With less than a month to go in the regular season, No. 2 Minnesota (23-1-13 overall) is undefeated in 17 games, with 16 wins and a tie (against Wisconsin Jan. 11) since an unexpected loss to Bemidji State in November. Their latest wins came over St. Cloud State, 4-0 and 7-1 respectively to complete the season sweep (highlights embedded below):
Head coach Brad Frost was happy with the way Minnesota controlled play after Saturday's effort, noting that the team looked "sluggish" in its previous game but dominated from the drop of the puck in its 7-1 romp. Indeed, seven different Gophers contributed to the scoring in the second game. Hannah Brandt (five points), Maryanne Menefee and Kelly Pannek (four points apiece) led the scoring on the weekend.
This weekend the Gophers close out their series with No. 9 Ohio State (14-10-2 overall), which had its own win streak snapped against North Dakota in a pair of 1-0 losses two weeks ago. The Buckeyes played a fairly even game with UND but went 0-for-5 on the power play for the weekend and could not get past North Dakota defense or goaltender Shelby Amsley-Benzie, who stopped a combined 57 shots.
Fittingly enough, Ohio State was the very team against which the Gophers rebounded after the loss to the Beavers, sweeping the weekend by scores of 4-2 and 5-3. We can probably expect a bit closer of a contest here than against some of the other teams the Gophers have faced (save for Wisconsin); OSU has a middling record in the WCHA and are better on the road (9-3-1) than at home (5-7-1). Both of its goaltenders (Kassidy Sauve and Stacy Danczak) have been solid, with Danczak having slightly better numbers (.936% and 1.33 GAA to Sauve's .920 and 2.06 GAA), and it is primarily a defensive team, with opponents scoring just 1.8 goals and getting 23.5 shots per game against the Buckeyes. Their biggest weakness could be in their offense, as they don't have a standout scorer whereas the Gophers have a handful, but a trio of forwards (Claudia Kepler, Julia McKinnon and Taylor Kuehl) lead the way, having combined for 52 points this year to date. The Gophers have clearly found their spark again after the break (though admittedly against some weaker opponents), so we'll see what happens.
Puck drop is set for 7:07 p.m. Friday and 2:07 p.m. Saturday at Ridder Arena. The Friday night game is currently being promoted as the Gophers' "Rock Ridder" night -- tickets are going for $1, so check it out if you're free and in the area.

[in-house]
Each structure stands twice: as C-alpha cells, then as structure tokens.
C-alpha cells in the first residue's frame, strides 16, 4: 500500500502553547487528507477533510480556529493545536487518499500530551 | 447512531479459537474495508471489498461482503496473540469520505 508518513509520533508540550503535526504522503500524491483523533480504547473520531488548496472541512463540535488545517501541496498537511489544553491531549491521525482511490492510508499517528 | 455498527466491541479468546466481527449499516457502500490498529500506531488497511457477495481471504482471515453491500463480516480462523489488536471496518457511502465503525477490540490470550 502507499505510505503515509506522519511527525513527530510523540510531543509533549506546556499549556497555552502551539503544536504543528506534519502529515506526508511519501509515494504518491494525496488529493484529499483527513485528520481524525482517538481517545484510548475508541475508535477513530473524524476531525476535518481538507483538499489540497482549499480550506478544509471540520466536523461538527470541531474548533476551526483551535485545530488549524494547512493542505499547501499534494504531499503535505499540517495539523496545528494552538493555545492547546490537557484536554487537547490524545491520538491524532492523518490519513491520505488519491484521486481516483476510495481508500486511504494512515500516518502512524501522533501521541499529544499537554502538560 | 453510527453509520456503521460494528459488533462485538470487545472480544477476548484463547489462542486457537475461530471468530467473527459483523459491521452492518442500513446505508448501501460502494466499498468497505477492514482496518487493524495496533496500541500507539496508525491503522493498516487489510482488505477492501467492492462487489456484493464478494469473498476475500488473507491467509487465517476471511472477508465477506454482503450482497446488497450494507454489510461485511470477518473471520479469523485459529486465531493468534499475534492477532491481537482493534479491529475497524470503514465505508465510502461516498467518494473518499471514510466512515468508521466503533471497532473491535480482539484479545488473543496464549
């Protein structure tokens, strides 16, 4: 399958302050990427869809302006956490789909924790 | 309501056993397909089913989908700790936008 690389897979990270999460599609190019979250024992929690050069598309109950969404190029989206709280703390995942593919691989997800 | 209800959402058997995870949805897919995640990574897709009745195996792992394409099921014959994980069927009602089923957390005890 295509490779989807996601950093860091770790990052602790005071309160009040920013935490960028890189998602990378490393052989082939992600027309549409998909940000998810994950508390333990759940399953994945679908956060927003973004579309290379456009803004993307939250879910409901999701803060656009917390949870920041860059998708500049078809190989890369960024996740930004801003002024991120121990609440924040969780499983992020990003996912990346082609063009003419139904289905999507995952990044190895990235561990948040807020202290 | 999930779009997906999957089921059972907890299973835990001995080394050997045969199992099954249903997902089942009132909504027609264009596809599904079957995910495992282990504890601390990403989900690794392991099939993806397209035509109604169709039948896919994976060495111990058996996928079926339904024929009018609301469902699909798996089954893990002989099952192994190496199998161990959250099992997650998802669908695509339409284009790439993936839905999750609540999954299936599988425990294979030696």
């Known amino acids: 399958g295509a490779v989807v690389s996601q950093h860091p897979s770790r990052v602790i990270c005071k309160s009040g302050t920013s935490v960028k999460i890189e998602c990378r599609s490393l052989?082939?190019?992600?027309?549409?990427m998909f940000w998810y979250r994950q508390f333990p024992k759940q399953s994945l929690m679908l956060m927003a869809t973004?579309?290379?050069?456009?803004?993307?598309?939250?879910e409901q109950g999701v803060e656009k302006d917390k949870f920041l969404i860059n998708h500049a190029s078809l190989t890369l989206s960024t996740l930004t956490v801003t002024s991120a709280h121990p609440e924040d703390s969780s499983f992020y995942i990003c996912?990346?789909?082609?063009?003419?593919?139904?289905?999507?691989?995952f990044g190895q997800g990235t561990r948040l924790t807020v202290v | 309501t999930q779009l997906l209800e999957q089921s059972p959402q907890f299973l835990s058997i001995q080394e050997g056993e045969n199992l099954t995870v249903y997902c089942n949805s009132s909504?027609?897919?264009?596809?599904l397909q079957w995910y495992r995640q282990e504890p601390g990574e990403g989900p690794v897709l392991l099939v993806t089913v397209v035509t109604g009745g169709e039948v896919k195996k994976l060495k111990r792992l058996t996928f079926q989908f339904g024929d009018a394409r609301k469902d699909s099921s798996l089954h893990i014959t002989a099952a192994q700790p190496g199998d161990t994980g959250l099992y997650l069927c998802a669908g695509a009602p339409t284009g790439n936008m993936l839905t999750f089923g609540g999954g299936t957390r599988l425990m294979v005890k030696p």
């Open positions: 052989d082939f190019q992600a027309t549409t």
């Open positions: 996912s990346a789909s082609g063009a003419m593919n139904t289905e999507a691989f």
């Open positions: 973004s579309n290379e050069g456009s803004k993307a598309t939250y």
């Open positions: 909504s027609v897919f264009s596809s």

- Here's an interesting piece on captain Rachael Bona's number being retired by her high school in Coon Rapids, which sheds some light on her early-season frustrations, how she broke out to get back to her old self scoring-wise, and her continued service to her hometown community.
- Former Gophers Kelly Terry and Sarah Davis are currently at Hockey Canada's National Team training camp, along with a future Gopher in Sarah Potomak. (Fun fact: Potomak was on the Canadian team that just earned silver at the Women's U18 Worlds in Buffalo, N.Y. earlier this month.)
- No. 8 UMD takes on North Dakota this weekend at home, in the final weeks of head coach Shannon Miller's last regular season.
- Minnesota State will host No. 3 Wisconsin this weekend. Last time these teams met, Wisconsin outscored them 16-2 overall.
- St. Cloud State has a week off before meeting up with MSU. Meanwhile, No. 10 Bemidji State (fresh off a weekend sweep by UND and currently on a three-game skid) won't play again till Feb. 6 and 7 against the Huskies.
- In CWHL action, the Inferno meet up with Montreal for another three-game weekend, Saturday through Monday, while the Blades and Furies go head-to-head at the Mastercard Centre in Toronto. Saturday's live stream will feature Boston at Toronto at 7:30 p.m., while Calgary and Montreal will be the Sunday game at 1 p.m. Check out cwhl.ca for your streaming package (remember, only $10 Canadian).
- Speaking of Calgary, here's a feature on the Inferno's Jessica Wong by Kristen Lipscombe of Metro Halifax. Wong is also currently at Team Canada's training camp, as part of a slowly growing crop of young Nova Scotians setting out to represent both province and country.